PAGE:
For starters, there's more planning to do before you begin. You should make a written agreement that covers important issues, like how the money and credit will be split, what happens in cases of disagreements, disability, or death, and how to terminate the collaboration if one or more of the partners wants out.
Then, once you start the fun parts—brainstorming, outlining, and writing—there are more moving pieces, emails or phone calls, administrative details. There's negotiating and usually more rewriting. No matter how closely you work together, some disconnects are inevitable. For example, there may be details in your chapters that don't match, or you may want to approach a scene differently, or you may need to change a character's voice. You'll find a lot more back and forth.
Our close friends Dean Wesley Smith and Kristine Kathryn Rusch are a very productive, bestselling, and award-winning writing couple, and they've been together even longer than we have. They work on multiple projects, both individual novels and collaborative ones, some under their own names, some under various pen names, depending on the genre. They are so well-attuned to each other's projects, styles, and vision for the books, they can work together as a tag team to pick up the slack if one of them falls behind.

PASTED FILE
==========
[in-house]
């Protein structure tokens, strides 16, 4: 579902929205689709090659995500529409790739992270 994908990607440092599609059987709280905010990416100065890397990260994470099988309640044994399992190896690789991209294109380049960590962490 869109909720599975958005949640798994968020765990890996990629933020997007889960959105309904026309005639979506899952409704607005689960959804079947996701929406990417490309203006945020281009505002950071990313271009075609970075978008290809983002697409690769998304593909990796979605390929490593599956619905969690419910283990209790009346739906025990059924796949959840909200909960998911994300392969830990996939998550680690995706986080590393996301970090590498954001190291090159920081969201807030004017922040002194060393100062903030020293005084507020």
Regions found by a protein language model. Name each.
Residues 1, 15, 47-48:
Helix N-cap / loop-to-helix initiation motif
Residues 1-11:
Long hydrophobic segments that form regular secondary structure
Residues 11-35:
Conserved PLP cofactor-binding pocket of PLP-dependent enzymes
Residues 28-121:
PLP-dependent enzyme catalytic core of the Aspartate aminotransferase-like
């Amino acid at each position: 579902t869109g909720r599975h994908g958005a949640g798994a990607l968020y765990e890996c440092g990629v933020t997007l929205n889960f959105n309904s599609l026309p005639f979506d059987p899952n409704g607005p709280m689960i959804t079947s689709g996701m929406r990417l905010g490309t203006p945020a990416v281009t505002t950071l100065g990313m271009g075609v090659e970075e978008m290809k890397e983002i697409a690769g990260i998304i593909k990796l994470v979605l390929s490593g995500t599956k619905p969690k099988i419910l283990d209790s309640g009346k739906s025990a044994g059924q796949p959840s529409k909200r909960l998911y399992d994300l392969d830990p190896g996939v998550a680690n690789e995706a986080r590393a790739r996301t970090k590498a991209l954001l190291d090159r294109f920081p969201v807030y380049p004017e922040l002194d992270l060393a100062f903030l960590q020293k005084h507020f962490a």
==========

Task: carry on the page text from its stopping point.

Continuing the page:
Several years ago Kris was in a bicycle accident and severely injured her elbow. The pain was so great she couldn't concentrate on writing (much less type on a keyboard) and the pain meds scrambled her thoughts even more. But she was under a very tight deadline for a Star Trek novel, and Dean was able to jump into the driver's seat and finish the work.
We have done that as well, leaning on each other to fill an unforeseen gap. But don't think that if you just pick up a collaborator, you'll write books in half the time with half the work. Never underestimate the horse-trading, negotiating, rewriting, and delays that will happen.
In most cases, for a collaboration to work, you have to allow someone else to tinker with your story, scenes, and characters in ways that you may never have thought of. Writing is a very intimate thing, and you are letting someone into your most private thoughts and words. You have to let go of your precious baby and then, after all is said and done, you have to split the money!
If any of the following situations makes you break out in a cold sweat and consider running, you may not be a good candidate for collaboration:
•Revealing yourself as a writer
•Letting another writer make changes in your plot or prose
•Letting another writer deep into your creative process
•Splitting the money for a writing project
The sting of a failed collaboration can cause deep rifts. Writing with someone puts you in very close quarters with their imagination—and you have to let them into your very personal prose, too. You'll get to know each other very well—including all of your quirks, foibles, and flaws. It's like spending days and days driving cross-country together in a cramped car without air conditioning. Working as a team can throw a spotlight on the weaknesses of either author. Even seemingly minor disagreements can produce resentment that builds like steam in a pressure cooker.
We're aware of several close friendships that were shattered by an abortive collaboration. It has happened to Kevin once—and fortunately only once—with all of his collaborative partners, but it still stings a great deal.
So beware, and address potential pitfalls in advance. Many friendships have been lost when the reality of a writing partnership fell short of expectations.